Take risk management beyond bare minimum requirements to establish a process that best meets the needs of your company.
Whether you’re looking to produce high-quality products at a lower cost or expand to a new and uncertain foreign market, it’s virtually impossible to run a successful manufacturing business without exposure to risk. Managed incorrectly, it can quickly lead to damaged reputation, financial loss, decreased productivity or the failure of the business.
Clearly defining risk acceptance and tolerance levels is the only way to truly understand how risk fits into your company’s strategic objectives. A sound risk mitigation strategy allows you to determine the potential reward certain risks carry, while shedding light on opportunities to maximize profits and increase stakeholder value by minimizing negative risks.
Fine-tuning your approach to risk also gives you a leg up on the competition. In PLANT’s Manufacturers’ Outlook 2015, only 52% of respondents indicated establishing such a risk mitigation strategy was on the top of their “to do” lists – a number that isn’t nearly high enough.
With new revisions to ISO 9001:2015, certified Canadian companies will be required to implement a number of new measures before 2018, one being a tangible analysis that identifies risks within critical processes and areas of business, and outline actions to mitigate them. With that deadline on the horizon, there’s no better time than the present to put your company’s risk management groundwork in place. Here are a few suggestions to get the ball rolling.
If you’re like most companies, you already have some measures in place to identify, track and measure risk. Build on them. Risk management can be applied to an entire organization all at once, or to specific functions, business units, projects or activities.
The key is to take a top-down approach – one that is cross functional and allows boards and senior management to sponsor the process. This makes risk management less of a burden and more of a benefit to the organization.
To help keep moving in the right direction:
- determine any risk tracking and measurement activities already in place;
- document those activities more formally;
- identify where existing risk tracking and measurement activities can be enhanced; and
- implement a pilot program in specific areas of the business to begin a consistent communication and understanding of risk identification, tracking and measurement.
Enterprise risk management (ERM), when implemented correctly, is an excellent tool to leverage risks for greater performance, build a foundation for competitive advantage and establish your company as a market leader.
The problem is that many companies see ERM as a significant and sometimes daunting undertaking. If you’ve avoided implementing ERM, give it another look. Many would argue it’s not as complicated as it appears and provides substantial value.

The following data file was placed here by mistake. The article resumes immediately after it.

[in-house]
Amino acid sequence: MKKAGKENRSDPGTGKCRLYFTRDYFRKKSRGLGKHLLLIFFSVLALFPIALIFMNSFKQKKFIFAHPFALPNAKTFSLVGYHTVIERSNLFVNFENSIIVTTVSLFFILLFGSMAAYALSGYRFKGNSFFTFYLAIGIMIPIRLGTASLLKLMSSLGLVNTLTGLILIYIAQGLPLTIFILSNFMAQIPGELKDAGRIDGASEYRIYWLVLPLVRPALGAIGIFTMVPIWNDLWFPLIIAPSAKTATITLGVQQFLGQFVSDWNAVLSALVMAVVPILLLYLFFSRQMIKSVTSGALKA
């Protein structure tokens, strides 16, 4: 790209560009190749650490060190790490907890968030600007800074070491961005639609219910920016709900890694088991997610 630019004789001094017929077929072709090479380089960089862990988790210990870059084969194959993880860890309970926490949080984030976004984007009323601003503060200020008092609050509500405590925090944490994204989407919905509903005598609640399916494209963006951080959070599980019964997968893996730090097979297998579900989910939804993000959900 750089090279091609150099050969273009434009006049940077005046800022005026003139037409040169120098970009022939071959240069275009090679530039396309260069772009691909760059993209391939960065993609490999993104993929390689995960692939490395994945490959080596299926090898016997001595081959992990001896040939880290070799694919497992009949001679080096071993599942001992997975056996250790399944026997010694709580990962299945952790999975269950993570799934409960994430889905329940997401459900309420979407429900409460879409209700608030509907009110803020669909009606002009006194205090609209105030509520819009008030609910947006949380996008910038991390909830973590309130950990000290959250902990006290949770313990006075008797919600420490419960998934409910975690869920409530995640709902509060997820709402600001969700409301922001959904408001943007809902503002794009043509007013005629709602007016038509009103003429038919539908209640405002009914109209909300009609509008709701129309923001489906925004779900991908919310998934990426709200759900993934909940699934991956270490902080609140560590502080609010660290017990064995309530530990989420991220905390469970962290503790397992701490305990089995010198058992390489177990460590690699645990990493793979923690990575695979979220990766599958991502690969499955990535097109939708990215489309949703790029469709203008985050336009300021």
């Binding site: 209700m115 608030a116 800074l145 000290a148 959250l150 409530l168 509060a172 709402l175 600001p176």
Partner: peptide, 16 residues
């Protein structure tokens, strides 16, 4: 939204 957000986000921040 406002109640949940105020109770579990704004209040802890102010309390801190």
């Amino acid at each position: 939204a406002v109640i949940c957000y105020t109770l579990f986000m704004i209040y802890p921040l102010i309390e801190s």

There are also many resources available to help increase your odds of implementing ERM effectively. Frameworks, such as the ISO 31000 Risk management – Principles and guidelines and the COSO 2013 Internal control – Integrated framework, are helpful tools for companies developing ERM risk assessment strategies and processes.
ISO 31000 is a standard that provides principles and generic guidelines for risk management. It allows organizations of any size to increase the “likelihood of achieving objectives, improve the identification of opportunities and threats, and effectively allocate and use resources for risk treatment.” Basically, it’s designed to outline the nature of the risk management process and offer guidance on how to implement a successful strategy.
The Committee of Sponsoring Organizations of Treadway Control (COSO) 2013 Internal control—Integrated framework was recently updated to reflect the needs of today’s business environment, and is intended to “broaden the application of internal control addressing operations and reporting objectives, and clarify the requirements for determining what constitutes effective internal control.”
Its role is more to assist the user in evaluating existing ERM processes rather than focusing solely on the risk management process itself. Whether you choose to strengthen your risk management activities through ERM or by other means, it’s important to remember that, at its core, risk management is about protecting your business from adverse events and, when possible, transforming risk into opportunity. Establishing a company culture that values these qualities is not only a sign of effective stewardship, it’s just plain good governance – something the marketplace will be sure to recognize and reward.
David Florio is a partner, Operational Advisory, with Grant Thornton LLP, a Canadian accounting, tax and advisory firm that provides services to private and public organizations.
This article appears in the April 2015 issue of PLANT.